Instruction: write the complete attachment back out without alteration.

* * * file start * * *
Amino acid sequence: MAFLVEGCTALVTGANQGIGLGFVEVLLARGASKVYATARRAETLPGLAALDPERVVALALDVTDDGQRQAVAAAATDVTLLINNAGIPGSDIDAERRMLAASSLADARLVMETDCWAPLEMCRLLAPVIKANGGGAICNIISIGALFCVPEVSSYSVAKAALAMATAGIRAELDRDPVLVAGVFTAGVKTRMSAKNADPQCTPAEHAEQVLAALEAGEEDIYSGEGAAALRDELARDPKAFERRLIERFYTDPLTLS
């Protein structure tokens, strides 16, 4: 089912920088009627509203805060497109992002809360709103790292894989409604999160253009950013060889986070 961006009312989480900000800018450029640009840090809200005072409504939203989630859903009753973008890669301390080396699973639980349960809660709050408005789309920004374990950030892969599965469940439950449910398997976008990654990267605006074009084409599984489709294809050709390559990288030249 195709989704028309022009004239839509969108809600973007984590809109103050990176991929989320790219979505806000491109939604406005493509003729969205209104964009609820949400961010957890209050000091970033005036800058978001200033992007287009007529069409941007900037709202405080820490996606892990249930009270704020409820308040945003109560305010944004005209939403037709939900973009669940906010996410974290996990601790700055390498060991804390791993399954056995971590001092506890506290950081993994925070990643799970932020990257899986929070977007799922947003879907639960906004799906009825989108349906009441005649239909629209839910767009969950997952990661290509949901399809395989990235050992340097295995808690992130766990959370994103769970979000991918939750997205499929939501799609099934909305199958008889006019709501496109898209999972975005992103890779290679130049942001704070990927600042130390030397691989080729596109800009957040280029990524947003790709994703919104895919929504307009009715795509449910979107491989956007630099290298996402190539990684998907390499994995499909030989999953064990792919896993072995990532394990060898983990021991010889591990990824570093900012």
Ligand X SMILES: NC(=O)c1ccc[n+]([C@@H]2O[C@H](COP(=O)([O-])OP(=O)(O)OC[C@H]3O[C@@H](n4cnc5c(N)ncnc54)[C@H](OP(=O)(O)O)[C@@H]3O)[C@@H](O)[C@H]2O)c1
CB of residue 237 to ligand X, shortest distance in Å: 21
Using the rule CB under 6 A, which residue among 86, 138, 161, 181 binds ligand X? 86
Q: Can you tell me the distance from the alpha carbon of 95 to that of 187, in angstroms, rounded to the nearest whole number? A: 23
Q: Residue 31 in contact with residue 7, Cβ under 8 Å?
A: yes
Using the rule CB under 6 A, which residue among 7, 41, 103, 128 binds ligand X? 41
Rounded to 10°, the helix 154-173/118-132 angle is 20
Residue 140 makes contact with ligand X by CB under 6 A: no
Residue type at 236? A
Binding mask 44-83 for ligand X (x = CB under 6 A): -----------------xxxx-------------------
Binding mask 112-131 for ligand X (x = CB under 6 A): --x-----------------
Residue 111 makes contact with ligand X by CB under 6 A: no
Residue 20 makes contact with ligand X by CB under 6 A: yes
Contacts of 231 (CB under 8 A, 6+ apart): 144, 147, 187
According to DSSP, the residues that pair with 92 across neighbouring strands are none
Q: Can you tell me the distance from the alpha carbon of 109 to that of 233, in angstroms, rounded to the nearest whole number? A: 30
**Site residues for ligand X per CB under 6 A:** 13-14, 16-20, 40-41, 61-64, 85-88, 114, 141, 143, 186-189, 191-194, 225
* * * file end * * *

Amino acid sequence: MAFLVEGCTALVTGANQGIGLGFVEVLLARGASKVYATARRAETLPGLAALDPERVVALALDVTDDGQRQAVAAAATDVTLLINNAGIPGSDIDAERRMLAASSLADARLVMETDCWAPLEMCRLLAPVIKANGGGAICNIISIGALFCVPEVSSYSVAKAALAMATAGIRAELDRDPVLVAGVFTAGVKTRMSAKNADPQCTPAEHAEQVLAALEAGEEDIYSGEGAAALRDELARDPKAFERRLIERFYTDPLTLS
């Protein structure tokens, strides 16, 4: 089912920088009627509203805060497109992002809360709103790292894989409604999160253009950013060889986070 961006009312989480900000800018450029640009840090809200005072409504939203989630859903009753973008890669301390080396699973639980349960809660709050408005789309920004374990950030892969599965469940439950449910398997976008990654990267605006074009084409599984489709294809050709390559990288030249 195709989704028309022009004239839509969108809600973007984590809109103050990176991929989320790219979505806000491109939604406005493509003729969205209104964009609820949400961010957890209050000091970033005036800058978001200033992007287009007529069409941007900037709202405080820490996606892990249930009270704020409820308040945003109560305010944004005209939403037709939900973009669940906010996410974290996990601790700055390498060991804390791993399954056995971590001092506890506290950081993994925070990643799970932020990257899986929070977007799922947003879907639960906004799906009825989108349906009441005649239909629209839910767009969950997952990661290509949901399809395989990235050992340097295995808690992130766990959370994103769970979000991918939750997205499929939501799609099934909305199958008889006019709501496109898209999972975005992103890779290679130049942001704070990927600042130390030397691989080729596109800009957040280029990524947003790709994703919104895919929504307009009715795509449910979107491989956007630099290298996402190539990684998907390499994995499909030989999953064990792919896993072995990532394990060898983990021991010889591990990824570093900012």
Ligand X SMILES: NC(=O)c1ccc[n+]([C@@H]2O[C@H](COP(=O)([O-])OP(=O)(O)OC[C@H]3O[C@@H](n4cnc5c(N)ncnc54)[C@H](OP(=O)(O)O)[C@@H]3O)[C@@H](O)[C@H]2O)c1
CB of residue 237 to ligand X, shortest distance in Å: 21
Using the rule CB under 6 A, which residue among 86, 138, 161, 181 binds ligand X? 86
Q: Can you tell me the distance from the alpha carbon of 95 to that of 187, in angstroms, rounded to the nearest whole number? A: 23
Q: Residue 31 in contact with residue 7, Cβ under 8 Å?
A: yes
Using the rule CB under 6 A, which residue among 7, 41, 103, 128 binds ligand X? 41
Rounded to 10°, the helix 154-173/118-132 angle is 20
Residue 140 makes contact with ligand X by CB under 6 A: no
Residue type at 236? A
Binding mask 44-83 for ligand X (x = CB under 6 A): -----------------xxxx-------------------
Binding mask 112-131 for ligand X (x = CB under 6 A): --x-----------------
Residue 111 makes contact with ligand X by CB under 6 A: no
Residue 20 makes contact with ligand X by CB under 6 A: yes
Contacts of 231 (CB under 8 A, 6+ apart): 144, 147, 187
According to DSSP, the residues that pair with 92 across neighbouring strands are none
Q: Can you tell me the distance from the alpha carbon of 109 to that of 233, in angstroms, rounded to the nearest whole number? A: 30
**Site residues for ligand X per CB under 6 A:** 13-14, 16-20, 40-41, 61-64, 85-88, 114, 141, 143, 186-189, 191-194, 225